On Mon, Oct 29, 2007 at 08:50:40PM +0000, Stephen Allen wrote:
> It's been drawn to my attention not to use bash from the ports 
> collection, because if one of it's dependencies (gettext or libiconv) 
> fails or is updated significantly, it could break, and prevent login. 
> The suggested solution was to use a base shell (such as sh) and append 
> 'bash -l' to .shrc to automatically enter bash.

I've only ever heard this advice applied to the root account.
Generally speaking, I keep my root accounts using /bin/csh and I run
(z|k)sh on my user accounts.  If something were ever to break, I'd
just log in as root to fix it.

 
> The quite annoying side-effect is having to type 'exit' twice to get out 
> of a su shell or screen.

For screen, you can just change the SHELL environment variable before
you run it:
SHELL=/usr/local/bin/pdksh screen
New screen windows will use the new shell.  For a more permanent fix,
you can add e.g. "shell /usr/local/bin/pdksh" to your .screenrc file.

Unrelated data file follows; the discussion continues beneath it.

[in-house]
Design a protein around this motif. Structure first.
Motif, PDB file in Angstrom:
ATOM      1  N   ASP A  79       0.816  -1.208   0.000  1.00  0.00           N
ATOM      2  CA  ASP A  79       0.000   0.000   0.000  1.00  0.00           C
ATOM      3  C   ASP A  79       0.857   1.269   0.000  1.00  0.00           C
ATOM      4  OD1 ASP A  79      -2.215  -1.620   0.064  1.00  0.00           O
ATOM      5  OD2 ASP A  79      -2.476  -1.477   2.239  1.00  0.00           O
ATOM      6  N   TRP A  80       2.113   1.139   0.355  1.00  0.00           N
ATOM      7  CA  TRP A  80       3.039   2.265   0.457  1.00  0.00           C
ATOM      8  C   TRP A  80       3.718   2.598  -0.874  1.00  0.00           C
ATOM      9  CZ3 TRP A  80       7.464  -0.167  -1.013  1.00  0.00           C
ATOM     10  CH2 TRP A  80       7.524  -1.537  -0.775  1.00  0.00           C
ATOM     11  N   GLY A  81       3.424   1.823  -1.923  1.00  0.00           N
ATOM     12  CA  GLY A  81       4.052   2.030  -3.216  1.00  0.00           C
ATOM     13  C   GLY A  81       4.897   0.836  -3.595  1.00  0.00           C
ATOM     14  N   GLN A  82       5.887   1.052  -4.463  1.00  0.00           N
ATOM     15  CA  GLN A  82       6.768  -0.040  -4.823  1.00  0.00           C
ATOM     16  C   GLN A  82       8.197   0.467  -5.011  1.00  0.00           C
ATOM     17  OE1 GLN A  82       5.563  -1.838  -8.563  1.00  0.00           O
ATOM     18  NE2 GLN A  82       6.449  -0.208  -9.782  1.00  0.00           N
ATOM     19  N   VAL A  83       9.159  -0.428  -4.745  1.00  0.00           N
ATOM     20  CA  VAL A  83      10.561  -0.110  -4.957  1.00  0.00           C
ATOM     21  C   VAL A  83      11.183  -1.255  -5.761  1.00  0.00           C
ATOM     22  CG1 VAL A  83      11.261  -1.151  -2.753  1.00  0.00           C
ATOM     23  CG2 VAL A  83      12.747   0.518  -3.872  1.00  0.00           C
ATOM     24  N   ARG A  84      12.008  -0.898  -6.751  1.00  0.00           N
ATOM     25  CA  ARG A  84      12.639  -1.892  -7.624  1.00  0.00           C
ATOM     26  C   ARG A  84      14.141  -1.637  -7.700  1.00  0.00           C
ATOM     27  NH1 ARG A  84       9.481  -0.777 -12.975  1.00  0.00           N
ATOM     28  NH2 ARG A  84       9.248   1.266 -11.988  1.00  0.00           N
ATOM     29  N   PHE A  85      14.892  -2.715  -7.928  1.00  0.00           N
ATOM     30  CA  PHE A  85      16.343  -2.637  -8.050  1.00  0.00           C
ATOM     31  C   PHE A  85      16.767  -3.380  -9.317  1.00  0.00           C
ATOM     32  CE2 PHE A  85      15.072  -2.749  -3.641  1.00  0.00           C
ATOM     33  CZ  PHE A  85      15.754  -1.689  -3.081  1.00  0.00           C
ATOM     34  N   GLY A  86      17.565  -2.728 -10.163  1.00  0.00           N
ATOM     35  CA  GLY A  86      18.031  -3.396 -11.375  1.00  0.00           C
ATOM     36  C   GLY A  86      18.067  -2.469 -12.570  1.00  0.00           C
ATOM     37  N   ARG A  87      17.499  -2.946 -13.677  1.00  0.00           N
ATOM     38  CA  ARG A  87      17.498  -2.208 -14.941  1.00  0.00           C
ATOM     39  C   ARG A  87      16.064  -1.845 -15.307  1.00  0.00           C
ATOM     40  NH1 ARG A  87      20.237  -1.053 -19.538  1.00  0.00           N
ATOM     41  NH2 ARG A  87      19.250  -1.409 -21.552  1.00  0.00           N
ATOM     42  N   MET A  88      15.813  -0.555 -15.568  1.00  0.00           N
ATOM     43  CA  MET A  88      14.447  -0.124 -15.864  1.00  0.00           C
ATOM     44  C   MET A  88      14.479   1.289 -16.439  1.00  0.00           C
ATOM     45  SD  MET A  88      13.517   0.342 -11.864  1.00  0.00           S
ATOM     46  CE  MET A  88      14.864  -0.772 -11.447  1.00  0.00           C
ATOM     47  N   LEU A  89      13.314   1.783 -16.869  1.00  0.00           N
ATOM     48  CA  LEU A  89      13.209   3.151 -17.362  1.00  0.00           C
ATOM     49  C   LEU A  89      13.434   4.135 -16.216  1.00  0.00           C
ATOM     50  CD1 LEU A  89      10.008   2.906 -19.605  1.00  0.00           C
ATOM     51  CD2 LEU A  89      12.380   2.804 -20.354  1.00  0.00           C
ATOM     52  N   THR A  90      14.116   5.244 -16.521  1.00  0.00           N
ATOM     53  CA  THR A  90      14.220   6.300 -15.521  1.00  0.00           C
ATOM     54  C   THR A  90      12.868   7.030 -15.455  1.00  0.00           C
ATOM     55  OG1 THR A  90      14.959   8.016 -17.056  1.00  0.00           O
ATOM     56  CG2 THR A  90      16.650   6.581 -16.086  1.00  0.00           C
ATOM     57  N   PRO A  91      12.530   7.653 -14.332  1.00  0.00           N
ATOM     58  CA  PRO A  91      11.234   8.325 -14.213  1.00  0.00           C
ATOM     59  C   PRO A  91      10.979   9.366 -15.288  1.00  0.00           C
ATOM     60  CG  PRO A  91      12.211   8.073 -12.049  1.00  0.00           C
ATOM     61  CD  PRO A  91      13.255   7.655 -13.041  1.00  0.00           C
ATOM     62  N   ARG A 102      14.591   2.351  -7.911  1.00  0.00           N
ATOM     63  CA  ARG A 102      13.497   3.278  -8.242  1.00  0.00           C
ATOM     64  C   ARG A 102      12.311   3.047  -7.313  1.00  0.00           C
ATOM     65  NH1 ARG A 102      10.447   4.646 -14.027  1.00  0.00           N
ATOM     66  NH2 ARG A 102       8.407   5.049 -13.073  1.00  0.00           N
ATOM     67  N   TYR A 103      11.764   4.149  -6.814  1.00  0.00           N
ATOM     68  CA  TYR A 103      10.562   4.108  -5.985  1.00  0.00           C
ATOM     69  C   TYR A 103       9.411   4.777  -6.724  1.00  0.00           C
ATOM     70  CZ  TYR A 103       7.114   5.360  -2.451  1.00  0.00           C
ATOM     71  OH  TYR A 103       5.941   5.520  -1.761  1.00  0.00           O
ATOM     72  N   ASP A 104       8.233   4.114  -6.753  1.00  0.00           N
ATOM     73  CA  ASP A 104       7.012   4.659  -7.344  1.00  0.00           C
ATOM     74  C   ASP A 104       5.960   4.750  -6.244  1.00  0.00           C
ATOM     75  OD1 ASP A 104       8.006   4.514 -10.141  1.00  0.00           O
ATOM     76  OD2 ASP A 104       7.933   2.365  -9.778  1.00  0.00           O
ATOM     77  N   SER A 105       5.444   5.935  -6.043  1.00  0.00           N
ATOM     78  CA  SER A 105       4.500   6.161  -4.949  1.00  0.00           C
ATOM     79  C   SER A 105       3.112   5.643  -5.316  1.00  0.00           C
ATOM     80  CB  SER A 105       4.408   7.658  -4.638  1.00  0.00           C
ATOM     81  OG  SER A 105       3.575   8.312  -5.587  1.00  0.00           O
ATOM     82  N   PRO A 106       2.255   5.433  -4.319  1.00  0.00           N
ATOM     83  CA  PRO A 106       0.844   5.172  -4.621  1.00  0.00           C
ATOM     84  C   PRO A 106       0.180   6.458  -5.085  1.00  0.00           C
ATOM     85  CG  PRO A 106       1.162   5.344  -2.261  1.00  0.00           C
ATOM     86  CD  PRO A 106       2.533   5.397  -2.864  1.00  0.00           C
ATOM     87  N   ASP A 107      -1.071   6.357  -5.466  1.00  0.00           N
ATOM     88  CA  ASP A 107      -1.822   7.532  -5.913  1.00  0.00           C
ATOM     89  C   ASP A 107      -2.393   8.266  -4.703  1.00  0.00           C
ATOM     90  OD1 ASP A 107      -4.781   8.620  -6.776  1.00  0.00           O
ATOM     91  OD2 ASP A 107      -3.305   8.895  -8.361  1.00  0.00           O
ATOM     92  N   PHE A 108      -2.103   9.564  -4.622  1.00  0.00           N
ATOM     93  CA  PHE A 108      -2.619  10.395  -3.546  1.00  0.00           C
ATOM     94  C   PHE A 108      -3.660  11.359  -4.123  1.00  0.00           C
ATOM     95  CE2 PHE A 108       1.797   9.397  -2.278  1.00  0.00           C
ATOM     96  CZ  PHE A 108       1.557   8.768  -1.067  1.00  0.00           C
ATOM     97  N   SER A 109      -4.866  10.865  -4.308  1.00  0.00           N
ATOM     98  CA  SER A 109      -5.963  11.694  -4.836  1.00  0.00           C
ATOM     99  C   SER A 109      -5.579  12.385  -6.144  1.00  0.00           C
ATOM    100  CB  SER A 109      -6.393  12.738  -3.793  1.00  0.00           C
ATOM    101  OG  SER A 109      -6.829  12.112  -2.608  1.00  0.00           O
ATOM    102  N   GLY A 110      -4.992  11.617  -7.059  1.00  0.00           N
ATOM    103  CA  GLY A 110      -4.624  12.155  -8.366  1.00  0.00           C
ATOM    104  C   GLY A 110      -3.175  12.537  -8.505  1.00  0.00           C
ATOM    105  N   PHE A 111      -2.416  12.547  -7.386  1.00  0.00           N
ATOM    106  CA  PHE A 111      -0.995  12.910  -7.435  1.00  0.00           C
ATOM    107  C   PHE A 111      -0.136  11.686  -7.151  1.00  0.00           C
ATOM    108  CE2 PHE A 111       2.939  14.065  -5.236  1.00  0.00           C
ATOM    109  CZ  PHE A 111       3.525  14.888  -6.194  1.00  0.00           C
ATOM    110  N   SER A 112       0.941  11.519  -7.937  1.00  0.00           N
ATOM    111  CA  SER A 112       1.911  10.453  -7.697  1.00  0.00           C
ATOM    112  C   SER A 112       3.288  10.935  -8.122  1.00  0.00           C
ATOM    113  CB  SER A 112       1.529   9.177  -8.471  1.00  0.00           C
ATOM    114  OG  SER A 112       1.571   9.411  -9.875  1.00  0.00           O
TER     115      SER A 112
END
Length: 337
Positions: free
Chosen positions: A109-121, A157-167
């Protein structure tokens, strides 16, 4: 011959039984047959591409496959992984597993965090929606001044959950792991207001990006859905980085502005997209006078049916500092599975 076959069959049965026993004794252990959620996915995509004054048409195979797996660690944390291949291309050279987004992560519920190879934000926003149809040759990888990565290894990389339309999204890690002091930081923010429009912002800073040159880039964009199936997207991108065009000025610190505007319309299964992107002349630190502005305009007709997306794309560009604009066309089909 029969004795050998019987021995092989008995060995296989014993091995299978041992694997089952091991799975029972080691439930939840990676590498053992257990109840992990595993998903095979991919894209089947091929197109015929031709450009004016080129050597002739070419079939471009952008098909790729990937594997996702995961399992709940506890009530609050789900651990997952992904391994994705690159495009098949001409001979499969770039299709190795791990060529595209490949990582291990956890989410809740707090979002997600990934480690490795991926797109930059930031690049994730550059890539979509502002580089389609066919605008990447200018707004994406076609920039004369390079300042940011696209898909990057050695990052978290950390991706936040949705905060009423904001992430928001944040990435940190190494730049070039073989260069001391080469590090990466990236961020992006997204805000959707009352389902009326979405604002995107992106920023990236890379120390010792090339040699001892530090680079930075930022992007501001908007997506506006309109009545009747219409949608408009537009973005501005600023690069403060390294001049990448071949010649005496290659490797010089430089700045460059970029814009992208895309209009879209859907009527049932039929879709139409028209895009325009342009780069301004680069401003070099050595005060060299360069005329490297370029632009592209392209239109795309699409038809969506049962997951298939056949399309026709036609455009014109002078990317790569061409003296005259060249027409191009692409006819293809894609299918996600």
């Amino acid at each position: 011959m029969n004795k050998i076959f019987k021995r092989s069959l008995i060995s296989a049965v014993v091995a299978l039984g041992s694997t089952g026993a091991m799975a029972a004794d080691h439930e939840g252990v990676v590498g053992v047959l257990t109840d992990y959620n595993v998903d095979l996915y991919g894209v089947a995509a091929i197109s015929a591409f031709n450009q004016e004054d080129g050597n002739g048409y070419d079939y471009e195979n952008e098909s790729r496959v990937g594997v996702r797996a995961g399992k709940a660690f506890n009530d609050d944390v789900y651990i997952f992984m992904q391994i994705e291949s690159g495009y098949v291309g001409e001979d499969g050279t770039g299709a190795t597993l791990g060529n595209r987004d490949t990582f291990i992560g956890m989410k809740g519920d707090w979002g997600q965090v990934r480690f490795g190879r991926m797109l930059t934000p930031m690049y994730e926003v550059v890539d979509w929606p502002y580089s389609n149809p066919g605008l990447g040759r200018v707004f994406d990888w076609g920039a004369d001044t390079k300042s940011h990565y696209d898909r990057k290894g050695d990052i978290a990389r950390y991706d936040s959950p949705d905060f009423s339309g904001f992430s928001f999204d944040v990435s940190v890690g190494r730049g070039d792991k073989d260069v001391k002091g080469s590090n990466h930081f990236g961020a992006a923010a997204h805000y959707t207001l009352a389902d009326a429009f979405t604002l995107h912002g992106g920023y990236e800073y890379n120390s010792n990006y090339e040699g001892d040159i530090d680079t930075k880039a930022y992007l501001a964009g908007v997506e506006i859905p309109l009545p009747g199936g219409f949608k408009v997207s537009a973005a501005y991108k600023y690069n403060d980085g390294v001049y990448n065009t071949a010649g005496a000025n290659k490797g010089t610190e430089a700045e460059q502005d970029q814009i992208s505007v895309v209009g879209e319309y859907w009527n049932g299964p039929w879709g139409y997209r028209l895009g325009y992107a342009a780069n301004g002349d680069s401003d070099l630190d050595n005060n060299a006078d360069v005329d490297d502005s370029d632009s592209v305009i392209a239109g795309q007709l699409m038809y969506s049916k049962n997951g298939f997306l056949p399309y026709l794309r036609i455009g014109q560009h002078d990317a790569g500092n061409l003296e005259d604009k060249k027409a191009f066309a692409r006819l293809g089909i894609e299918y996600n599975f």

> Would it be a better idea to use the pre-compiled binary for bash?  And 
> if I did so, could I be alerted to updates as easy as using 'pkg_version 
> -v' when checking if any ports need updating?

There was a pretty long thread on this here: 
http://lists.freebsd.org/pipermail/freebsd-questions/2007-October/159670.html

Another issue that you'll have to contend with is that if your
filesystem on which bash lives fails to mount, you'll be in the same
boat.  You could copy it to /bin (which is usually on the same
filesystem as / and /boot, meaning you're almost guaranteed to have
it, even if other filesystems fail to mount) but I don't like
cluttering up my filesystem.


> Many thanks,
> Steve

Erik
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